2016 In Review: Lisa Marie’s 14 Favorite Songs of 2016

Every January, I list my fourteen favorite songs of the previous year and, every January, I include the same disclaimer.  My fourteen favorite songs are not necessarily the fourteen favorite songs of any of the other writers here at the Shattered Lens.  We are a large and diverse group of people and, as such, we all have our own individual tastes.

If you ever visited the TSL Bunker, you would be shocked by the different music coming out of each office.  You would hear everything from opera to death metal to the best of Frank Sinatra and Dean Martin.  And then, of course, you would reach my office and you would discover that my taste in music pretty much runs the gamut from EDM to More EDM.

Now, usually, I do try to listen to a variety of music.  You can go to my Song of the Day site — Lisa Marie’s Song of the Day — and see that I do occasionally listen to other types of music.  But, I have to be honest.  2016 was not a year that inspired me to really leave me comfort zone.  If anything, music provided me with some much needed consistency in an otherwise chaotic year.  2016 was a year that made me want to dance until it was all over and, for the most part, my favorite songs of the year reflect that fact.

Before I list my 14 songs, I should make something else very clear.  These are my 14 favorite songs of 2016.  I’m not saying that they’re necessarily the best songs of 2016.  I’ll leave that debate for others.  Instead, there are the songs that I found myself listening to over and over again.  These are the songs made me dance.  These are the songs that made me sing.  A few of these songs relaxed me when I needed to be relaxed.  One of the songs made me cry but I’m not going to say which one.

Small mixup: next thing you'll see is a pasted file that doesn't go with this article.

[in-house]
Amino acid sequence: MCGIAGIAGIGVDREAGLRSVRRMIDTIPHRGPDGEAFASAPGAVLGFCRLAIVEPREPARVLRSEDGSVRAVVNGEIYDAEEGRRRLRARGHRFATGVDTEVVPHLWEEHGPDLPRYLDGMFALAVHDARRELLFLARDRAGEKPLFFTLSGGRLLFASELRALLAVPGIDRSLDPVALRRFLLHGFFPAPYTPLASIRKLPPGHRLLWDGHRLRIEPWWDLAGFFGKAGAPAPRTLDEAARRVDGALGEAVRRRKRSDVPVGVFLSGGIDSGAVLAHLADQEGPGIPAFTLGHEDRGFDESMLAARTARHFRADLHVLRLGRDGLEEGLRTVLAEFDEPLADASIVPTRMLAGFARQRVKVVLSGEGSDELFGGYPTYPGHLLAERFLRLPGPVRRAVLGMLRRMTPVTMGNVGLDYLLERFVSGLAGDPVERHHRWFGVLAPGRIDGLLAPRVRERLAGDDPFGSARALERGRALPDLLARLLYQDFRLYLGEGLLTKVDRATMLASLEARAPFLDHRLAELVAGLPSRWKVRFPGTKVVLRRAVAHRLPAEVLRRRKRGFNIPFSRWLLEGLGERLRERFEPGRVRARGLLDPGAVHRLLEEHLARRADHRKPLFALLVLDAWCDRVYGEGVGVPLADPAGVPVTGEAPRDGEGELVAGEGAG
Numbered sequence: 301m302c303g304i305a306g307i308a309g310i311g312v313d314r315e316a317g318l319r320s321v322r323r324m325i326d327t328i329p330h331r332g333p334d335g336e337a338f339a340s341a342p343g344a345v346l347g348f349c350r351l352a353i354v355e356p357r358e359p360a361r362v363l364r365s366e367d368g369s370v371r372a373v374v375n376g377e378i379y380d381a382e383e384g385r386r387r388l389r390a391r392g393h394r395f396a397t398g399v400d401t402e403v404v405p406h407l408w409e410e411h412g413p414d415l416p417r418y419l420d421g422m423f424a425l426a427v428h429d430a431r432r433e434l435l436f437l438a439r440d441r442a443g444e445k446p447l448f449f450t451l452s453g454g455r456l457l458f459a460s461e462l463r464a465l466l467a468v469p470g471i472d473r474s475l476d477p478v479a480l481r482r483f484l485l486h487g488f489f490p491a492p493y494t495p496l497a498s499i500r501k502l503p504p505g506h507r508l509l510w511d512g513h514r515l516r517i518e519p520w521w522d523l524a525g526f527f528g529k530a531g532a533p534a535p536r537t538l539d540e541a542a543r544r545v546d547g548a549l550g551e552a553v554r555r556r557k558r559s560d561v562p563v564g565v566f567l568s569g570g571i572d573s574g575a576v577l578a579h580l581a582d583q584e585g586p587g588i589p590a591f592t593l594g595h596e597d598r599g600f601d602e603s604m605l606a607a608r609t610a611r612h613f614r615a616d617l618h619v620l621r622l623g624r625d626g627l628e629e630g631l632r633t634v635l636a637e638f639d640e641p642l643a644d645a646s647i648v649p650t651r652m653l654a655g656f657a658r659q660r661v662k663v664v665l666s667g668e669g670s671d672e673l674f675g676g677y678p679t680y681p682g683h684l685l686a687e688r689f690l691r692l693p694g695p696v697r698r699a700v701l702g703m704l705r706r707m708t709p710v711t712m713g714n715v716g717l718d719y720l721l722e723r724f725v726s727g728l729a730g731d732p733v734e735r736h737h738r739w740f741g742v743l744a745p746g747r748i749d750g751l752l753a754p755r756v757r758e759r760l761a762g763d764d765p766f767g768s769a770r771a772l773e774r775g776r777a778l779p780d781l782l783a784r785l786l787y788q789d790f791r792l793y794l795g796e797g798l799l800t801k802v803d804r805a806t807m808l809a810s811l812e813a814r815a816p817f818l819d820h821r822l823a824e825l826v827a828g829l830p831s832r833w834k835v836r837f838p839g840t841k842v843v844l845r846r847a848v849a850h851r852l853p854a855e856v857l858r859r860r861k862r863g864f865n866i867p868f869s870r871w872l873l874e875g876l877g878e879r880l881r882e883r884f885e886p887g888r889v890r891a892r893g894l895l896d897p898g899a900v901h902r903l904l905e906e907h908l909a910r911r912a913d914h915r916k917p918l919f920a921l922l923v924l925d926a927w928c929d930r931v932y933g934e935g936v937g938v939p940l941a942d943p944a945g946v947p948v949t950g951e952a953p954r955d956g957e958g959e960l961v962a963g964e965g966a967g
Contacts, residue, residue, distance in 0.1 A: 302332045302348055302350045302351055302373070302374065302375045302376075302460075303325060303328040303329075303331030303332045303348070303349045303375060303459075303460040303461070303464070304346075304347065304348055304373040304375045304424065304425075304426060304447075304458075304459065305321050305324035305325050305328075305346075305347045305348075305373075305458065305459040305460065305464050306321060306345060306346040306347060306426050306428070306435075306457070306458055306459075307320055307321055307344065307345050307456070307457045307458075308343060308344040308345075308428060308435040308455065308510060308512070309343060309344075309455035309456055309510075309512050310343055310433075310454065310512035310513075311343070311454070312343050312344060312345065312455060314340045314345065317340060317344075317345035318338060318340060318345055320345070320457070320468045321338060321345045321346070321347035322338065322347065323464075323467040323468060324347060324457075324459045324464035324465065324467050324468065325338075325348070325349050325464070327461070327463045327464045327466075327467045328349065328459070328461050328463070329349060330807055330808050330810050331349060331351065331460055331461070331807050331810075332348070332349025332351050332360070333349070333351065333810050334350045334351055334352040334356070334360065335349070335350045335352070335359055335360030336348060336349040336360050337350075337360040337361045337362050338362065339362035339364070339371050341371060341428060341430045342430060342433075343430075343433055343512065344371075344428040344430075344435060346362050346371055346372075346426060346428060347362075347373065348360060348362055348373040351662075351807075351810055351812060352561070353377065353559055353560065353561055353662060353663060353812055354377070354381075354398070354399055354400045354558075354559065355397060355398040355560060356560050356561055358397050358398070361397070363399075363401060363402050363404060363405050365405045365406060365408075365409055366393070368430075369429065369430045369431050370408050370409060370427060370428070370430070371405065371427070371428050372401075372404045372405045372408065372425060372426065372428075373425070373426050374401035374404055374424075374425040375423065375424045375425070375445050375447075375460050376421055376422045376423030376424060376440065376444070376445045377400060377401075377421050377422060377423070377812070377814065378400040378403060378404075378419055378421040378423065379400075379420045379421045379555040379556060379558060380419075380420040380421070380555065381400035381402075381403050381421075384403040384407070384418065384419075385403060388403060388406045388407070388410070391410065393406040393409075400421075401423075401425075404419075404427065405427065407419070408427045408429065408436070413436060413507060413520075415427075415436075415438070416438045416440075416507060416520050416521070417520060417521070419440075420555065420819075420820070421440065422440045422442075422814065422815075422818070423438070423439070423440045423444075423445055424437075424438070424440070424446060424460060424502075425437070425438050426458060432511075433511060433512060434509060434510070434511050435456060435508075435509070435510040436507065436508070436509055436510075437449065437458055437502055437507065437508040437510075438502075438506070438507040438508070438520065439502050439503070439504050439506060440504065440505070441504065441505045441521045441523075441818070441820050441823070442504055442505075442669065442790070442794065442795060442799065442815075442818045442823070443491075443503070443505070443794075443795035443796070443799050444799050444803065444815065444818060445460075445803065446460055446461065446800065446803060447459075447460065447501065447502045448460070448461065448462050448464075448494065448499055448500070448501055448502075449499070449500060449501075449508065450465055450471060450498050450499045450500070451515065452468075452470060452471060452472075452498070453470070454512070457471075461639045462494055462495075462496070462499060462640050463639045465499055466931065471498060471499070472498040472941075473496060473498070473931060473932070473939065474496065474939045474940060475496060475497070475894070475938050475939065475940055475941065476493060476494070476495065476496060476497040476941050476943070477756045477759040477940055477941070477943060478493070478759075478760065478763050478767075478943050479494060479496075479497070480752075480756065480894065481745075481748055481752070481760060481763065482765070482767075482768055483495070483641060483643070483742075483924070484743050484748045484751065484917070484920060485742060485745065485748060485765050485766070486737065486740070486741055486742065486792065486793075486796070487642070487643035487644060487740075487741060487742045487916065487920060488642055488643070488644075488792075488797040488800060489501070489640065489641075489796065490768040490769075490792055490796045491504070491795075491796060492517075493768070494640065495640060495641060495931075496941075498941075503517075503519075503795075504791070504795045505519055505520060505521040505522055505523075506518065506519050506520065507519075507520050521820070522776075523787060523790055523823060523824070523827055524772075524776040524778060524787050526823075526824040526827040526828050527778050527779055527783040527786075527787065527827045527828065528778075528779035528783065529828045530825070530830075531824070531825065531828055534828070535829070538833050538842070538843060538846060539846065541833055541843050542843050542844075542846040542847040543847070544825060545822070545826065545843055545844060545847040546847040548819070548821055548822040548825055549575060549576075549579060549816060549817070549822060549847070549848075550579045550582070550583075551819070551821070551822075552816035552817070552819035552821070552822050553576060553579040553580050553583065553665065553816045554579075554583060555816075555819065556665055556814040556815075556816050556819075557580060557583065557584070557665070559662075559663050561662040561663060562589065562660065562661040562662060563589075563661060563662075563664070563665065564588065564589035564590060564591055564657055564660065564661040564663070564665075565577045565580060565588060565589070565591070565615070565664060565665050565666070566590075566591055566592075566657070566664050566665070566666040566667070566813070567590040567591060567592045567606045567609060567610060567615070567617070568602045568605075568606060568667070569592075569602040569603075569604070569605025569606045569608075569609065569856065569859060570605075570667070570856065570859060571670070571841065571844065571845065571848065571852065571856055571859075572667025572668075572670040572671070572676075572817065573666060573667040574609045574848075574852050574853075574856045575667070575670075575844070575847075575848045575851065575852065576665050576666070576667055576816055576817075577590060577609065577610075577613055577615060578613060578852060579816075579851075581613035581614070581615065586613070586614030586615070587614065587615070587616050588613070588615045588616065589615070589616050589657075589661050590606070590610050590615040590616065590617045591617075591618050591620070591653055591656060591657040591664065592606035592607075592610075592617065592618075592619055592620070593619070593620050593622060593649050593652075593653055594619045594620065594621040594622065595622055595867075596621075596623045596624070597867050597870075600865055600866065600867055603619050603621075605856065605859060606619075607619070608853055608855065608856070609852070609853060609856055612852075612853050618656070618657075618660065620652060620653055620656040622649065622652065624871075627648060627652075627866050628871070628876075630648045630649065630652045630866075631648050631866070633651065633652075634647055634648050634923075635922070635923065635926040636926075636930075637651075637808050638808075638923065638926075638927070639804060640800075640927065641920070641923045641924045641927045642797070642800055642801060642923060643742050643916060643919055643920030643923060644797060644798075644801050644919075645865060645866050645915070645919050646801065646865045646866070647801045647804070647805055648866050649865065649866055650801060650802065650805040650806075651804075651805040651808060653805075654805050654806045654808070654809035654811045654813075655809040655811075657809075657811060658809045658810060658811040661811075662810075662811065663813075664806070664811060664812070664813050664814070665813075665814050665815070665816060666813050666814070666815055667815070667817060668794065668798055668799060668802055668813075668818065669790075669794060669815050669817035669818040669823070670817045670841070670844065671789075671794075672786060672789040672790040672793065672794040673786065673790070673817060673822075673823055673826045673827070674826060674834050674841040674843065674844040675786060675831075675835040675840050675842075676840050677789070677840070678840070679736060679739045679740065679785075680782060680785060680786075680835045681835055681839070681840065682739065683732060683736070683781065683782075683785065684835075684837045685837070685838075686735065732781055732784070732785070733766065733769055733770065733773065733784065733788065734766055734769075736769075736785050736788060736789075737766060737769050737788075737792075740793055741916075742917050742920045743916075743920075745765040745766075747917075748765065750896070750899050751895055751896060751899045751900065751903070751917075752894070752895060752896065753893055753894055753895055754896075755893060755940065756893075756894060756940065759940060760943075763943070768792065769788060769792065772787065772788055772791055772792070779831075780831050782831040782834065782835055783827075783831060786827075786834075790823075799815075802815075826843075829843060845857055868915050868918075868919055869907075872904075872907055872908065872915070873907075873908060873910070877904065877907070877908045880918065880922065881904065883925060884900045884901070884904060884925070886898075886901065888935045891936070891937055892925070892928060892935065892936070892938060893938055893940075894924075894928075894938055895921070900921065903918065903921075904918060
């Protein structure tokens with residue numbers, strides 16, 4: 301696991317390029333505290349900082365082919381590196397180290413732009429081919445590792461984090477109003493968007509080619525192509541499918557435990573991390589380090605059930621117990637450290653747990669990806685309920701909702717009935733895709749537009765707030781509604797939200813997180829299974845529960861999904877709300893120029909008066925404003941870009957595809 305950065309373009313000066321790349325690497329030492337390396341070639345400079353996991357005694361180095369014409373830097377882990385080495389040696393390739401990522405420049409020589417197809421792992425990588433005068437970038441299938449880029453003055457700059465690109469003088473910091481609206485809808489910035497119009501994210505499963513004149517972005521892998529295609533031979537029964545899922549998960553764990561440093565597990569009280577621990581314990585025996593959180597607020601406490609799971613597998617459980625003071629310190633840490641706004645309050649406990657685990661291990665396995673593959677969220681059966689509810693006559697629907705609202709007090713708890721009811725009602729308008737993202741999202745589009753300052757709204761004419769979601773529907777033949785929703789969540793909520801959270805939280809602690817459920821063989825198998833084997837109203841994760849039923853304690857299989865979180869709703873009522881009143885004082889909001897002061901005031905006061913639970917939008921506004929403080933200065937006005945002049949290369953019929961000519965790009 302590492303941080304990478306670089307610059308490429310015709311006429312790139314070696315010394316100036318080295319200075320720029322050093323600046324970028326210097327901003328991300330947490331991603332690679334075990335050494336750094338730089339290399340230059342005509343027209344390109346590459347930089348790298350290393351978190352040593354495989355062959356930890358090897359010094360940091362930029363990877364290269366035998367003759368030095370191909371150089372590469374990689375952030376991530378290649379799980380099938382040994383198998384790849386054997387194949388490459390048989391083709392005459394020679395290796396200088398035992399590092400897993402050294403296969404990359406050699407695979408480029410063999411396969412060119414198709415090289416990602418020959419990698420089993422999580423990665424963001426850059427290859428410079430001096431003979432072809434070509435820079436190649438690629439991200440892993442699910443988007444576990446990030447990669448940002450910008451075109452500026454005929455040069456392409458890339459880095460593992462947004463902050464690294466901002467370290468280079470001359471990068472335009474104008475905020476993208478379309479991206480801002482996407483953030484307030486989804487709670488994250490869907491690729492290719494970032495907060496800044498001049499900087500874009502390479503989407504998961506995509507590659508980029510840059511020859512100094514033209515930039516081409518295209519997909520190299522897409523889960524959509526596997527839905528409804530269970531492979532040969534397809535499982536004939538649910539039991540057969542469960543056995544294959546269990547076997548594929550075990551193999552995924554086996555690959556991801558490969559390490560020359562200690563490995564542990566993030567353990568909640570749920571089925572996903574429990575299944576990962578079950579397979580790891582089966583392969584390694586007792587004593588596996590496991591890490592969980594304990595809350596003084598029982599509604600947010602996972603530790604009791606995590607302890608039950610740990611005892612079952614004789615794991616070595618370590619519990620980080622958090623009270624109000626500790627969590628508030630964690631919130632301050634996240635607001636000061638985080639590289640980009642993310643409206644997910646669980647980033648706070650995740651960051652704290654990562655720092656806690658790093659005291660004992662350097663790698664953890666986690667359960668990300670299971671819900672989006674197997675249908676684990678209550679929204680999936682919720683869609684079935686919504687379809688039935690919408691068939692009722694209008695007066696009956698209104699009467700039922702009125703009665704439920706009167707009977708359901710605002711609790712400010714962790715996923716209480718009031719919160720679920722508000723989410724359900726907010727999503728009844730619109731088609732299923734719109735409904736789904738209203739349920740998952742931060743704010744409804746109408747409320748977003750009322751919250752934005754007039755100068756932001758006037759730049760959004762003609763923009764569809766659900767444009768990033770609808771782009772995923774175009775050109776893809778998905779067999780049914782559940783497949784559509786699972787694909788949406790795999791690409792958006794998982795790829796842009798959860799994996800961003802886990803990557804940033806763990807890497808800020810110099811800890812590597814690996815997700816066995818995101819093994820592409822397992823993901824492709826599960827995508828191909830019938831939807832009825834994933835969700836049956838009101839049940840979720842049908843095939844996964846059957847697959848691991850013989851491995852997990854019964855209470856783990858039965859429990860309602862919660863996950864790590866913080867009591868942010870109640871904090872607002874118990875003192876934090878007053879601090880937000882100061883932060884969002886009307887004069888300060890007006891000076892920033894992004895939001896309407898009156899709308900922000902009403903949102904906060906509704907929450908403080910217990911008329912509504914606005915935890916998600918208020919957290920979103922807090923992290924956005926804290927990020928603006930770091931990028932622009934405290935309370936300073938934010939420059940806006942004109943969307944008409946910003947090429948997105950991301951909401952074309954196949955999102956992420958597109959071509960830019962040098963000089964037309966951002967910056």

It might make you cry too.

Or it might not.

That’s the beautiful thing about art.  Everyone experiences it in their own individual way.

Here are my 14 favorite songs of 2016:

14) David Bowie — Lazarus

13) Afrojack & Hardwell — Hollywood

12) Cedric Gervais (ft. Juanes) — Este Amor

11) Matoma (ft. Becky Hall) — False Alarm

10) Radiohead — Burn the Witch

9) Gorgon City (feat Vaults) — All Four Walls

8) Penthox — Give It Away

7) Britney Spears — Clumsy

6) Martin Garrix (feat Mesto) — WIEE

5) Tiesto, Oliver Heldens (feat Natalie LaRose) — The Right Song

4) The Weekend (feat Daft Punk) — Starboy

3) Radiohead — Daydreaming

2) Coldplay — Up&Up

1) The Chemical Brothers — C-h-e-m-i-c-a-l

For my previous picks, check out 2011, 2012, 2013, 2014, and 2015!

Tomorrow, I will be posting some of my favorite things that I saw on television in 2016!

Previous Entries In The Best of 2016:

  1. TFG’s 2016 Comics Year In Review : Top Tens, Worsts, And Everything In Between
  2. Anime of the Year: 2016
  3. 25 Best, Worst, and Gems I Saw In 2016
  4. 2016 in Review: The Best of SyFy
  5. 2016 in Review: The Best of Lifetime
  6. 2016 in Review: Lisa Picks the 16 Worst Films of 2016!
  7. Necromoonyeti’s Top Ten Albums of 2016